Some people who suffer from Crohn's disease have alternating periods of relative health (remission), alternating with periods of disease (relapse or flare), while other patients have continuous symptoms from continued inflammation ,
There are many theories about what causes Crohn's disease, but none has yet been proven. The most popular theory is that the body's immune system reacts to a bacteria or a virus by causing ongoing inflammation in the intestine.
The most common symptoms of Crohn's disease are abdominal pain - often in the lower right area - and diarrhea. The inflammation can cause pain and can make the intestines empty frequently, resulting in diarrhea. Rectal bleeding, fever and weight loss may also be present. Bleeding may be serious and persistent, leading to anemia. Children who suffer from Crohn's disease may suffer stunted growth and delayed development.
The most common complication is blockage of the intestine. Intestinal blockage occurs because Crohn's disease tends to thicken the intestinal walls with scar tissue and swelling, narrowing the passage. Crohn's disease may also cause sores, or ulcers, which tunnel through the affected area into surrounding tissues such as the bladder, skin or vagina. The areas around the rectum and anus are often involved. These tunnels - called fistulas - can link the bowel to the anus, vagina or skin surface and are a common complication and often become infected. Sometimes these fistulas can be treated with medications, but in other cases surgery might be required. Sections of diseased bowel can be removed surgically but symptoms often return.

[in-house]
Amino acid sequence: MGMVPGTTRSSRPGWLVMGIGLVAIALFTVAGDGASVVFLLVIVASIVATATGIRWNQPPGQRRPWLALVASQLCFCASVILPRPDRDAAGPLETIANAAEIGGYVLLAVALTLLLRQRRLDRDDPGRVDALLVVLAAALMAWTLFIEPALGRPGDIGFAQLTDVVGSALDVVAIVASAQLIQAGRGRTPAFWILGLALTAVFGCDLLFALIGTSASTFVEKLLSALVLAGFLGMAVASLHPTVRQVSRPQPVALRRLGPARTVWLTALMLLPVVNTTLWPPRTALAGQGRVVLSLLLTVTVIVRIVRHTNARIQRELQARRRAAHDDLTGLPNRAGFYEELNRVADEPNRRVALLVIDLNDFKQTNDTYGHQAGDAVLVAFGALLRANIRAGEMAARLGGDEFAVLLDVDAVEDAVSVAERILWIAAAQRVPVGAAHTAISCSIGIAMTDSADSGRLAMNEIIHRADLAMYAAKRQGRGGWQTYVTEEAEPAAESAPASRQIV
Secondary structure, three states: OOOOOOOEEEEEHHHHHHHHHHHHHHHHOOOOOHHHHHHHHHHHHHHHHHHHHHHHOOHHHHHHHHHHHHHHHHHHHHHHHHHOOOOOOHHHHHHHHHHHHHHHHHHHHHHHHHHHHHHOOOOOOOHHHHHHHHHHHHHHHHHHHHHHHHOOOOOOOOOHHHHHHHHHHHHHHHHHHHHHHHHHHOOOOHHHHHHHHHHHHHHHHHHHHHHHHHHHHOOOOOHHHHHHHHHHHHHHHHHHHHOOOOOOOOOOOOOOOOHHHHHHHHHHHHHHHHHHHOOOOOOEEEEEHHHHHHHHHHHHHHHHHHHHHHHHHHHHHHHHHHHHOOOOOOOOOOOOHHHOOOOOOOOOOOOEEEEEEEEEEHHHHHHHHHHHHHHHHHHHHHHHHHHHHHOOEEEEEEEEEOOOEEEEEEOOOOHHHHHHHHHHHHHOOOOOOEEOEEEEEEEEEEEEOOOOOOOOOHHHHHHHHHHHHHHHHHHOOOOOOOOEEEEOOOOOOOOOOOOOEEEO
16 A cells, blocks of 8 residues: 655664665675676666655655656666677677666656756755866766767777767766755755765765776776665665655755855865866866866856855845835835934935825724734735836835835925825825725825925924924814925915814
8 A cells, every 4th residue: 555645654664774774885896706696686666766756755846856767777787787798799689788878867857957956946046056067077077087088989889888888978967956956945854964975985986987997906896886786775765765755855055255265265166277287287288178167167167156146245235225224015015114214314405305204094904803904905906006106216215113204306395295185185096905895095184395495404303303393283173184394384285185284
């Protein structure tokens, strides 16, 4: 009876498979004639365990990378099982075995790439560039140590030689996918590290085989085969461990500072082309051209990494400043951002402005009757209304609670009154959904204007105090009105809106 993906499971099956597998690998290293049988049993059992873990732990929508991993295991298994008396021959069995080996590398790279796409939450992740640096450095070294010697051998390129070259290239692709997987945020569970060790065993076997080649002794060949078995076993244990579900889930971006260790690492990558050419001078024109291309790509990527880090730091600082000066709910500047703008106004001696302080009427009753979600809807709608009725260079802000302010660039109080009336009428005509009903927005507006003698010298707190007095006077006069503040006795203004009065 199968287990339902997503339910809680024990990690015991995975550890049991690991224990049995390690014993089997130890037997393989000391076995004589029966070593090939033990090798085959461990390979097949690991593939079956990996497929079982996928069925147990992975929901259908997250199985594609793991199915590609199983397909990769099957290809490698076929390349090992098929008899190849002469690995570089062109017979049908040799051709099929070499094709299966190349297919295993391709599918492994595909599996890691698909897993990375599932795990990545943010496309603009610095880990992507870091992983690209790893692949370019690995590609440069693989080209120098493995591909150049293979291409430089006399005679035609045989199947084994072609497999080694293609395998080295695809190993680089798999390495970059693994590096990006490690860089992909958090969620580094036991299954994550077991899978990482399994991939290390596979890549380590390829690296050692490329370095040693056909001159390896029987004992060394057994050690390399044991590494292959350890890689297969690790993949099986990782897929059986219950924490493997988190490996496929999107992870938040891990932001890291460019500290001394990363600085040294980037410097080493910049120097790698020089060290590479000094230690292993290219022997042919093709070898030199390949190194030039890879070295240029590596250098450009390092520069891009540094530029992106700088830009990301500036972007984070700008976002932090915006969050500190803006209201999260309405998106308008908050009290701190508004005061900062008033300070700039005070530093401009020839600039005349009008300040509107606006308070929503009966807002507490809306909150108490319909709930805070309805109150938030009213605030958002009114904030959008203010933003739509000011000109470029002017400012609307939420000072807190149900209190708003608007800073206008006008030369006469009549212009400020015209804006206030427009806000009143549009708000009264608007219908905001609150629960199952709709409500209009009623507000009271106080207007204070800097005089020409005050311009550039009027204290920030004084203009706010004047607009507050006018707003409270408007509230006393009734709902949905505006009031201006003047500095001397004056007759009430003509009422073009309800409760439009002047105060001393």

Medical science has not yet discovered a cause or cure for Crohn's disease, but many drugs are available to control symptoms. We are told that the FDA (U.S. Food and Drug Administration) has approved a new drug product for use in treating moderate to severe Crohn's disease. The drug, known as "infliximab" (Remicade), reduces levels of a protein called "tumor necrosis factor alpha", which is believed to contribute to the inflammation of Crohn's disease. There are more basic common-sense strategies which work better and are much less toxic, but also generate far less profit .
The entire solution to Crohn's Disease lies in having a proper diet. You will NOT get proper diet advice from a doctor - they only want to give you drugs . You will also, many of you who read this page, reject "diet" as too simple. Crohn's Disease is one of these diseases which many doctors have told you cannot be cured.
Crohn's Disease is a disease of bad diet.
If you want to cure Crohn's Disease, adopt the right diet . This diet will NOT include sugar , junk food , sodas , or grains of any kind. Even fruit juice will be found in limited amounts because of its high-sugar content. The right diet WILL include healthy doses of probiotics .
L-glutamine supplementation might benefit conditions characterized by increased intestinal permeability such as food allergies and associated conditions such as Crohn's disease, ulcerative colitis, and irritable bowel syndrome. One study (1) of ulcerative colitis patients showed that feeding 30 grams of glutamine-rich germinated barley foodstuff (GBF) on a daily basis for 4 weeks produced significant improvements. In this study the patients' condition worsened when GBF treatment was discontinued.
Research in Japan has also indicated that people suffering from Crohn's Disease might benefit from flax oil daily. The all-important omega-3 fatty acids appear to play an important role in Crohn's disease.
I spend a lot of time researching the best prices for supplements on the internet, and in my opinion the best price for high quality for L-glutamine can be found here .
Here are 4 books on Crohn's Disease which I recommend: " Breaking the Vicious Cycle: Intestinal Health Through Diet ", " Food and the Gut Reaction ", " Controlling Crohn's Disease: The Natural Way " and Hulda Clark's classic " The Cure for All Diseases ".
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1. Kanuchi O, Iwanaga T, Mitsuyama K. Germinated barley foodstuff feeding. A novel neutraceutical therapeutic strategy for ulcerative colitis. Digestion 2001;63:60-67.
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